Selfish Athlete Syndrome
Irish Runner and double Olympic medial winner Noel Carroll said “Runners may make better lovers but sometimes (there’re) lousy spouses”.
Exercising for health is different from training for a marathon, Ironman Triathlon, or double-century bike ride. Exercising for health requires 3 hours a week. Training for competitive sports can require 14 plus hours a week. When not training the, athlete often spends time reviewing the last training session, or mentally preparing for the next.
Creative energy is usually reserved for the sport, not household chores. When attention to family activities is sacrificed, this can create problems, particularly when the spouse is not involved in the sport. Sometimes running can provide a coping mechanism for marital problems. It also can precipitate marital problems. I have observed many athletes go through divorces.
Striving for a personal record in competitive athletics requires self-sacrifice. This is true for the recreational athlete as well as the professional athlete. The selfish athlete syndrome can be more acute for those who have family commitments and lack a champion talent.
Training for competitive athletics can be rewarding, but care must be taken to avoid the selfish athlete syndrome. An appropriate balance among work, family and training needs to be developed.
The individual suffering with the “Selfish Athlete Syndrome” is the individual who is successful in athletic endeavors and has failing family relationships. Life is out of balance.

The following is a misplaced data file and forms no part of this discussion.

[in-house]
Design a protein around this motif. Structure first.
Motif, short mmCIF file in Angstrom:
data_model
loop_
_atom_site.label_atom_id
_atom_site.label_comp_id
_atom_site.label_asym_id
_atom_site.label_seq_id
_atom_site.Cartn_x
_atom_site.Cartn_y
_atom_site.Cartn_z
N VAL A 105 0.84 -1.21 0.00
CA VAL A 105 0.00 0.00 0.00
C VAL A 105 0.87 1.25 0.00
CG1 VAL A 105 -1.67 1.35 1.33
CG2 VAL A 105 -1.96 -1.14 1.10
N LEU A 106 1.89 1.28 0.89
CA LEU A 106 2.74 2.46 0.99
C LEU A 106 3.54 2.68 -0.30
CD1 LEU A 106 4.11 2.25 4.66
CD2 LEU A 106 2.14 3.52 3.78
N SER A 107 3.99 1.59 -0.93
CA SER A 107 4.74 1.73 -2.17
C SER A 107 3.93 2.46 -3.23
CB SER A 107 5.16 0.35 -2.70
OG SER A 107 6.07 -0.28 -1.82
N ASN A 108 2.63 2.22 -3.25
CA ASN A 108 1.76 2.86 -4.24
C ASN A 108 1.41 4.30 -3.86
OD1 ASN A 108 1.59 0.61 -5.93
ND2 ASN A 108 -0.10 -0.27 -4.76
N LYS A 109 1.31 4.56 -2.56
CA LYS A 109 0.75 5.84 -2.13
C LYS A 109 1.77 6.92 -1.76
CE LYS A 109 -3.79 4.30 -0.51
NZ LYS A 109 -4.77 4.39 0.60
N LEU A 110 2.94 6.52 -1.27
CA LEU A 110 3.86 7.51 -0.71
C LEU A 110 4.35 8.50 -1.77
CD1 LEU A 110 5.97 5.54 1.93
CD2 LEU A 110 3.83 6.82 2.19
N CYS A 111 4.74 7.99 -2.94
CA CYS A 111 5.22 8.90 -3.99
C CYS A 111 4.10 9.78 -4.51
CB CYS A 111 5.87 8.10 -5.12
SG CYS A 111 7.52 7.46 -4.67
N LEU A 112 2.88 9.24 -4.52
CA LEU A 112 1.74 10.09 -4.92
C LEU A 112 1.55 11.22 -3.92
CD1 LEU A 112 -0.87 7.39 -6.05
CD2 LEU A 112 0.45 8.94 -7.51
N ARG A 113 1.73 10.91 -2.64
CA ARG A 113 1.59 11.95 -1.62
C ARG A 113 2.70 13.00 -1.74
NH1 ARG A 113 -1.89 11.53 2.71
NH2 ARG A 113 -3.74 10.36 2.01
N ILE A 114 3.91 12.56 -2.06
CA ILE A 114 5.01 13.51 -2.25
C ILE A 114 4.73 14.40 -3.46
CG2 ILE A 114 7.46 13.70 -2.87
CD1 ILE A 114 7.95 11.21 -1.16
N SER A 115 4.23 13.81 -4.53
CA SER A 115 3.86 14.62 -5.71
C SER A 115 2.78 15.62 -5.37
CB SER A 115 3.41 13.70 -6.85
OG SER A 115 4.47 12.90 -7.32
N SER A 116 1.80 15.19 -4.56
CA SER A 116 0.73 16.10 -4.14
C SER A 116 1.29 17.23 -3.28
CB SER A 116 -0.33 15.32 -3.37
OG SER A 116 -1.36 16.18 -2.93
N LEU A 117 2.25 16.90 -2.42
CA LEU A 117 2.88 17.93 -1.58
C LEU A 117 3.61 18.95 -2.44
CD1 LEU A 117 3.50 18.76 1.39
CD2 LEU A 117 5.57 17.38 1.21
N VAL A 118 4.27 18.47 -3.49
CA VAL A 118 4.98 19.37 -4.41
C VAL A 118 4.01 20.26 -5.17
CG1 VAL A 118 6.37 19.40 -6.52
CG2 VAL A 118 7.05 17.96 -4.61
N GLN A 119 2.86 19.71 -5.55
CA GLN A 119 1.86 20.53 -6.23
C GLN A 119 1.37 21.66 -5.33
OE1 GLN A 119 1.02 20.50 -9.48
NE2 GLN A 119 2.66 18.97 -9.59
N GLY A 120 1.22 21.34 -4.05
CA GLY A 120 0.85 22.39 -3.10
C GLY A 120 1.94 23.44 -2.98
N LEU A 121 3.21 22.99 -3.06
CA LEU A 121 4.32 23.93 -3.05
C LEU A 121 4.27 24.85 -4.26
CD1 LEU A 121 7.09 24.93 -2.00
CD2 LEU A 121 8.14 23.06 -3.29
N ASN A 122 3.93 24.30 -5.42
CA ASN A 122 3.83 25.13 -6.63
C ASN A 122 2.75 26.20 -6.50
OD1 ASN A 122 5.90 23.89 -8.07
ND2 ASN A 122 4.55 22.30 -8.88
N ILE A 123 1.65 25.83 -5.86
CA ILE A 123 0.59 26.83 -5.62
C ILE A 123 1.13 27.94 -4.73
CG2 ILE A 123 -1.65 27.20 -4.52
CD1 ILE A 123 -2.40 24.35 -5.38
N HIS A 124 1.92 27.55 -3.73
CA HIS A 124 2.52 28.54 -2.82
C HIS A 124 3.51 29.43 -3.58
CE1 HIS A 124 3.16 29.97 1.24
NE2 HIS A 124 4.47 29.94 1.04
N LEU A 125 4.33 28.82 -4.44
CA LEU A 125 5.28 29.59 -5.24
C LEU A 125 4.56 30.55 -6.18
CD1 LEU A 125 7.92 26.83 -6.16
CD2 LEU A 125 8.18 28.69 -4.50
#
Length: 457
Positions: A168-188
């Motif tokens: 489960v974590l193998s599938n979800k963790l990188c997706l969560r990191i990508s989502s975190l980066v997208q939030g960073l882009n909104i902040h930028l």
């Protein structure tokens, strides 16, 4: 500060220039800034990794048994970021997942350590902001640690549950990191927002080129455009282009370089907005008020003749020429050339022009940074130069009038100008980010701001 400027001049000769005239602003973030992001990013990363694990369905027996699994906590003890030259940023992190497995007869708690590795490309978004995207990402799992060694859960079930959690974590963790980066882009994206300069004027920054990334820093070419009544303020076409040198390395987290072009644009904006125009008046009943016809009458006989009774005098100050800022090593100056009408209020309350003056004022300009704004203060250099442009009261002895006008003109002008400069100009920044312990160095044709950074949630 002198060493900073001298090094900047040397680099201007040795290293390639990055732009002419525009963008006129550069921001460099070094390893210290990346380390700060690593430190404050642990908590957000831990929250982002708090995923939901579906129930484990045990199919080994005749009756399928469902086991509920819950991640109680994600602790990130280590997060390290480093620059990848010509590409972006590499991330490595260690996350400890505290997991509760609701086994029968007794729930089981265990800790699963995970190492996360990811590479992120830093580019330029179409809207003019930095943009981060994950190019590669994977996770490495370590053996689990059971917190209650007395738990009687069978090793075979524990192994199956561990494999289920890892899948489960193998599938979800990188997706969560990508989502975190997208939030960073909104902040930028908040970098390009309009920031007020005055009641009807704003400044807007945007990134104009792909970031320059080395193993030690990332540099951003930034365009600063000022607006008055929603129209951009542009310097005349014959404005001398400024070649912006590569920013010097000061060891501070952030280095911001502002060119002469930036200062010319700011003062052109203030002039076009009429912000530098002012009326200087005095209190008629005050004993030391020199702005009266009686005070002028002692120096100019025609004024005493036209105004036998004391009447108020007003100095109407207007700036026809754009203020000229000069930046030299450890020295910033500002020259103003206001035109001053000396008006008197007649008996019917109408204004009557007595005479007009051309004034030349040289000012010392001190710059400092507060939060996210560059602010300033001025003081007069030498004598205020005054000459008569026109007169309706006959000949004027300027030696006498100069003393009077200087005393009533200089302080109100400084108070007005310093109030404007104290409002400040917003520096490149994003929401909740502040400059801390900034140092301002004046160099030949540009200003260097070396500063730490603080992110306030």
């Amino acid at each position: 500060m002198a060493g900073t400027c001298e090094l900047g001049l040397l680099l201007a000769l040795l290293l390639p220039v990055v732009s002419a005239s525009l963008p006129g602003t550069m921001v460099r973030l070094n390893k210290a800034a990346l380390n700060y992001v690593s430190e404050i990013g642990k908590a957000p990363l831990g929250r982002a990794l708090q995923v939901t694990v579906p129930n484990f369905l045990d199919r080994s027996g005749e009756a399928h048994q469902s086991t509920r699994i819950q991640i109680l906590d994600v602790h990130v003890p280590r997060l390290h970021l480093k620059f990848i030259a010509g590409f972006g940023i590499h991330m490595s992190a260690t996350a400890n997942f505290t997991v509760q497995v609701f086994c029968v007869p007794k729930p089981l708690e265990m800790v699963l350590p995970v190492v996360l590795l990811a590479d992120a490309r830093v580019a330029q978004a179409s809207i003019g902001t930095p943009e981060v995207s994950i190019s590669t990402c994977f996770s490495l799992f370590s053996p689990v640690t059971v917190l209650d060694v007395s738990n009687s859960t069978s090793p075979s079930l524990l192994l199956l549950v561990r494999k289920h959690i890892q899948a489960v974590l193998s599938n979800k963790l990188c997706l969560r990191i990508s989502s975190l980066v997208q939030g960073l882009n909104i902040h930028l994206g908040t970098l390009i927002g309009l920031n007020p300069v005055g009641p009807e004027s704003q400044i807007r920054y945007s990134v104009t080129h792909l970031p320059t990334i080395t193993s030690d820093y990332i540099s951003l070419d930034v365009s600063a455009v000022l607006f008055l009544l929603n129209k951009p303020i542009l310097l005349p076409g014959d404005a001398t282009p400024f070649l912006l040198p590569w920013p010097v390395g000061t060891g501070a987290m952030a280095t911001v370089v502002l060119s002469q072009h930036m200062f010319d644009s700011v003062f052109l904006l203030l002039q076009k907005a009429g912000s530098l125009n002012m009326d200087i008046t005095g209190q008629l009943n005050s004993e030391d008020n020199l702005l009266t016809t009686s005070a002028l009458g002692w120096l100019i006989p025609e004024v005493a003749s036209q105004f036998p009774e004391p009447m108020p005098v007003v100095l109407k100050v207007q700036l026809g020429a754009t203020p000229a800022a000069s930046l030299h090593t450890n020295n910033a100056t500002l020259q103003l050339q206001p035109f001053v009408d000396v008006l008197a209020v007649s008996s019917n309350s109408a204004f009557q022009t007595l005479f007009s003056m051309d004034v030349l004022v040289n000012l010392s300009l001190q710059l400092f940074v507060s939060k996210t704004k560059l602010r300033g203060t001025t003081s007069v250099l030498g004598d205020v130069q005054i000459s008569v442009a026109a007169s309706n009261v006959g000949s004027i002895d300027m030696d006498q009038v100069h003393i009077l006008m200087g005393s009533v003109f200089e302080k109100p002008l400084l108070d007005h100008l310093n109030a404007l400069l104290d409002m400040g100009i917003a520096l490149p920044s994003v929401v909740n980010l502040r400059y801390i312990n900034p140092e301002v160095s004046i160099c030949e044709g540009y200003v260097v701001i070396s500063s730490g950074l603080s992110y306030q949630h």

The following suggestions might help bring about the balance. Recognize that self sacrifice can lead to self centered and potential problem.
Limit serious heavy training to a specific period during a particular year or a few months a year. Involve your spouse in establishing athletic goals.
Avoid scheduling training sessions when your family expects your attention, such as the first hour your return home from work. Avoid reading mail, emails, particularly sports magazines during this time.
Look after chores. Leaving them undone or procrastinating provides your spouse with reminders of his or her status as an athlete’s widow or widower.
Compete in races that have family activities associated with them, such as art festivals, picnics, and events for children.
Do weekend chores immediately after returning from long training sessions. Invariably energy to perform physical chores is low or non-existent tow to three hours after a long training session.
Try to avoid complaining of being overtired and don’t always insist on going home early on evenings out.
If you perceive yourself as an athletic widow or widower diplomatically sharing these tips with your spouse might be beneficial.
Note sports medicine physician Tim Noakes MD coined the term “Selfish Athlete Syndrome”, and most of the above concepts can be attributed to his recommendation.
A Selfish Athlete Syndrome is not a diagnosis I as a Physical Therapist is qualified to treat. If you recognize there is a potential problem consider seeking help from a qualified mental health therapist.
Damien Howell Physical Therapy – 804-647-9499 – Fax: 866-879-8591 At-Home, At Office, At Fitness Facility – I come to you, I do home visits Damien@damienhowellpt.com
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